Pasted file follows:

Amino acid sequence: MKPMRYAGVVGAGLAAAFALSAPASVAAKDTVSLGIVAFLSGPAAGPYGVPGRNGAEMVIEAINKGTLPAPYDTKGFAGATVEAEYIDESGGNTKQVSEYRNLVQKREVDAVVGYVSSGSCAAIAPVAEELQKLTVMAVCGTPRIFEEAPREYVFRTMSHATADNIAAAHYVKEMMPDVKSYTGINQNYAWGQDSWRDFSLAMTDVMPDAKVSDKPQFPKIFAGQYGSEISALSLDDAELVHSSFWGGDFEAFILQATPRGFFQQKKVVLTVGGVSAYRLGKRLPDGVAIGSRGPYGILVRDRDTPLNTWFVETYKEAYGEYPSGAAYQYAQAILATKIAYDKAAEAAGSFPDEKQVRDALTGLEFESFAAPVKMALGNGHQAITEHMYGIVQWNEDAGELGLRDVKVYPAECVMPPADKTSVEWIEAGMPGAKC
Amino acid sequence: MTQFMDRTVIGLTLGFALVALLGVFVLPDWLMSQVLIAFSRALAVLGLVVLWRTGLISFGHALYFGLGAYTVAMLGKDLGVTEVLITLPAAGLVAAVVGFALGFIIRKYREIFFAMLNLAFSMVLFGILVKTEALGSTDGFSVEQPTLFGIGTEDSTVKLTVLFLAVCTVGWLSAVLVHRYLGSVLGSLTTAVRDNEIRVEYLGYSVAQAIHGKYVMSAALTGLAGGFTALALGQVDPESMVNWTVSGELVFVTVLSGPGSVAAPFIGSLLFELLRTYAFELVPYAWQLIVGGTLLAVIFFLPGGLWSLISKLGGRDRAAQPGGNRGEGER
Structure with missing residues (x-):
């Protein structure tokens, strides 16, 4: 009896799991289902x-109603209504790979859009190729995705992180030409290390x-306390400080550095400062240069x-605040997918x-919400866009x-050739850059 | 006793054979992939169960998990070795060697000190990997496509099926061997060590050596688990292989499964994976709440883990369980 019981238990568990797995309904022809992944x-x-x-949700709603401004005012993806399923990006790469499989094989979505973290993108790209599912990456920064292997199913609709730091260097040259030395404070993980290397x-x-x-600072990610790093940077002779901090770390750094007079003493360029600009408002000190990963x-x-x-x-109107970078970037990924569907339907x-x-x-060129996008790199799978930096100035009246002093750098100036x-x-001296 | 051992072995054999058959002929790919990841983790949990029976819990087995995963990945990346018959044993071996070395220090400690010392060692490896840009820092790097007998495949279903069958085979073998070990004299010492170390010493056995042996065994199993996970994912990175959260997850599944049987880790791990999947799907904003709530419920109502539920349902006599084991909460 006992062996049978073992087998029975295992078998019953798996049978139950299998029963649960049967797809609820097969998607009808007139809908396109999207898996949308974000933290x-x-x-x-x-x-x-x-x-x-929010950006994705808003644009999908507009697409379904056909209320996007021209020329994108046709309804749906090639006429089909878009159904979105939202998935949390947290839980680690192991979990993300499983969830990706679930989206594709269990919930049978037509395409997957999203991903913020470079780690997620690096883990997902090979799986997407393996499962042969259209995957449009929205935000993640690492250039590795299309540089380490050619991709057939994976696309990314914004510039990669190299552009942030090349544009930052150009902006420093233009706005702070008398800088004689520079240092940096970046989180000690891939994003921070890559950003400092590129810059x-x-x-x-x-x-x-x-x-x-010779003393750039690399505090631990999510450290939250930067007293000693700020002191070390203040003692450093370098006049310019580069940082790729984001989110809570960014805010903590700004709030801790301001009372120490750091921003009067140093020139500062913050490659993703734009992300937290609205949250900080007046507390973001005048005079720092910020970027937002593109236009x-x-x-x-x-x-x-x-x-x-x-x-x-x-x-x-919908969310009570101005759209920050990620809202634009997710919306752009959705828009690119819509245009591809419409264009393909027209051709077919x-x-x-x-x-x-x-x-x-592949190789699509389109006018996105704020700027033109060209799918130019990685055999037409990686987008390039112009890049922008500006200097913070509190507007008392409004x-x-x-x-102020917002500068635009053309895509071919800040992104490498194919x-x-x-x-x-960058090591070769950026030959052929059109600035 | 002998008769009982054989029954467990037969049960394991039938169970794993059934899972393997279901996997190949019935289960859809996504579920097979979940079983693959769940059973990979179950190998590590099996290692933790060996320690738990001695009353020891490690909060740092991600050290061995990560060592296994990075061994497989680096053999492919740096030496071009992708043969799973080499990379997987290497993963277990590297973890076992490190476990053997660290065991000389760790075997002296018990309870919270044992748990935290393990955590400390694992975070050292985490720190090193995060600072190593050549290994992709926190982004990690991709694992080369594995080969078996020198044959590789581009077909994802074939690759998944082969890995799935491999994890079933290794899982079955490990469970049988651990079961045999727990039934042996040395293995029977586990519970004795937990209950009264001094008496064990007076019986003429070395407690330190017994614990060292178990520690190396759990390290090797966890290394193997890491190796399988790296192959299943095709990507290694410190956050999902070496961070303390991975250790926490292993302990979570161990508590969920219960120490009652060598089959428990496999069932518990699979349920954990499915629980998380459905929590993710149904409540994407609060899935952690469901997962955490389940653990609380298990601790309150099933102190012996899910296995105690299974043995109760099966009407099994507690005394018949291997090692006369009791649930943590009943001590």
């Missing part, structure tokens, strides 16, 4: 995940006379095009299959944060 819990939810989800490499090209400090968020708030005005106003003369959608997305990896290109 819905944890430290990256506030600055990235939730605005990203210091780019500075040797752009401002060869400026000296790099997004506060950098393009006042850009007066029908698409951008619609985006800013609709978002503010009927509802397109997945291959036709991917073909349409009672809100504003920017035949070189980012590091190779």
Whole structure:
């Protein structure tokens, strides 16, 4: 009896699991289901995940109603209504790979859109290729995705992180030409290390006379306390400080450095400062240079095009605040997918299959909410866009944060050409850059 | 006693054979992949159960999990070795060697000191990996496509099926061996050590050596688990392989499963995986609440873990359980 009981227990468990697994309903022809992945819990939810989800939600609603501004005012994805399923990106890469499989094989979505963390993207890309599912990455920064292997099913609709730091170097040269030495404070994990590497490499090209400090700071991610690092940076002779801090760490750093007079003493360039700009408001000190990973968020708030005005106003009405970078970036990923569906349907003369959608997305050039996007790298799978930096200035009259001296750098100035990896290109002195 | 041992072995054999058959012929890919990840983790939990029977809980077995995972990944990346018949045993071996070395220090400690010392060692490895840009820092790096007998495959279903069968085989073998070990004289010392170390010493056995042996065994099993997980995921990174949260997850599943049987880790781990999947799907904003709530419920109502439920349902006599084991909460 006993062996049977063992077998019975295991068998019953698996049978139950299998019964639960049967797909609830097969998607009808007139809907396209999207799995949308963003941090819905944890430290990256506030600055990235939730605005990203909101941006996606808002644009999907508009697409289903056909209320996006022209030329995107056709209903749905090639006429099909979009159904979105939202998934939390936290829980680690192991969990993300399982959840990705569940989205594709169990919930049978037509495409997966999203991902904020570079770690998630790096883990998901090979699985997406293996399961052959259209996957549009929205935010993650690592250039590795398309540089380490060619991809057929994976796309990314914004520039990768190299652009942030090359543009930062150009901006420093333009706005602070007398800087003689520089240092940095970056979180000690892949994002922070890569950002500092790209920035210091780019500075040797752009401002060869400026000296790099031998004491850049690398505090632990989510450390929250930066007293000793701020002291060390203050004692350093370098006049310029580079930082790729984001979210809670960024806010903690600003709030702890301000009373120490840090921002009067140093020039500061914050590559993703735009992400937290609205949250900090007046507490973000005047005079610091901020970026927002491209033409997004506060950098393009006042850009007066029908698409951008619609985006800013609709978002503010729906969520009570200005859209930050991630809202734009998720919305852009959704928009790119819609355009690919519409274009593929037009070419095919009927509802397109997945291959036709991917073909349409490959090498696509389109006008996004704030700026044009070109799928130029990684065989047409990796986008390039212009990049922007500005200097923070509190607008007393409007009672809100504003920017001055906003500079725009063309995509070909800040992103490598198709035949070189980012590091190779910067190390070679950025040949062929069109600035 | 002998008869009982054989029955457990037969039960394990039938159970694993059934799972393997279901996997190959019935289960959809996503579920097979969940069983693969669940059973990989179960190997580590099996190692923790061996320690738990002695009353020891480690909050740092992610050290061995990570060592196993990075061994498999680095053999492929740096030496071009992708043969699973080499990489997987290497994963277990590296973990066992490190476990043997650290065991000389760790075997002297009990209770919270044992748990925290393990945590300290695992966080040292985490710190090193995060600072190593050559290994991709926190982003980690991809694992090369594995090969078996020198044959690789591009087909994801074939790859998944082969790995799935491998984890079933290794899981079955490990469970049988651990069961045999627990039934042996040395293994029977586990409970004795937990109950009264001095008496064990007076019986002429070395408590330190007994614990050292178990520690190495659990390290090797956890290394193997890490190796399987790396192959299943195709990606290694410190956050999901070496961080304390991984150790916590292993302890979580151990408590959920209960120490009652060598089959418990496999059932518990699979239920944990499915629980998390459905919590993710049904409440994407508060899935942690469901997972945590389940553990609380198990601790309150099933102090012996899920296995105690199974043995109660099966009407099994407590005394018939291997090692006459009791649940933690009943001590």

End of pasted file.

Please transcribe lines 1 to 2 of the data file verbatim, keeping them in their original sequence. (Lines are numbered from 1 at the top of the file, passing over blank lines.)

Amino acid sequence: MKPMRYAGVVGAGLAAAFALSAPASVAAKDTVSLGIVAFLSGPAAGPYGVPGRNGAEMVIEAINKGTLPAPYDTKGFAGATVEAEYIDESGGNTKQVSEYRNLVQKREVDAVVGYVSSGSCAAIAPVAEELQKLTVMAVCGTPRIFEEAPREYVFRTMSHATADNIAAAHYVKEMMPDVKSYTGINQNYAWGQDSWRDFSLAMTDVMPDAKVSDKPQFPKIFAGQYGSEISALSLDDAELVHSSFWGGDFEAFILQATPRGFFQQKKVVLTVGGVSAYRLGKRLPDGVAIGSRGPYGILVRDRDTPLNTWFVETYKEAYGEYPSGAAYQYAQAILATKIAYDKAAEAAGSFPDEKQVRDALTGLEFESFAAPVKMALGNGHQAITEHMYGIVQWNEDAGELGLRDVKVYPAECVMPPADKTSVEWIEAGMPGAKC
Amino acid sequence: MTQFMDRTVIGLTLGFALVALLGVFVLPDWLMSQVLIAFSRALAVLGLVVLWRTGLISFGHALYFGLGAYTVAMLGKDLGVTEVLITLPAAGLVAAVVGFALGFIIRKYREIFFAMLNLAFSMVLFGILVKTEALGSTDGFSVEQPTLFGIGTEDSTVKLTVLFLAVCTVGWLSAVLVHRYLGSVLGSLTTAVRDNEIRVEYLGYSVAQAIHGKYVMSAALTGLAGGFTALALGQVDPESMVNWTVSGELVFVTVLSGPGSVAAPFIGSLLFELLRTYAFELVPYAWQLIVGGTLLAVIFFLPGGLWSLISKLGGRDRAAQPGGNRGEGER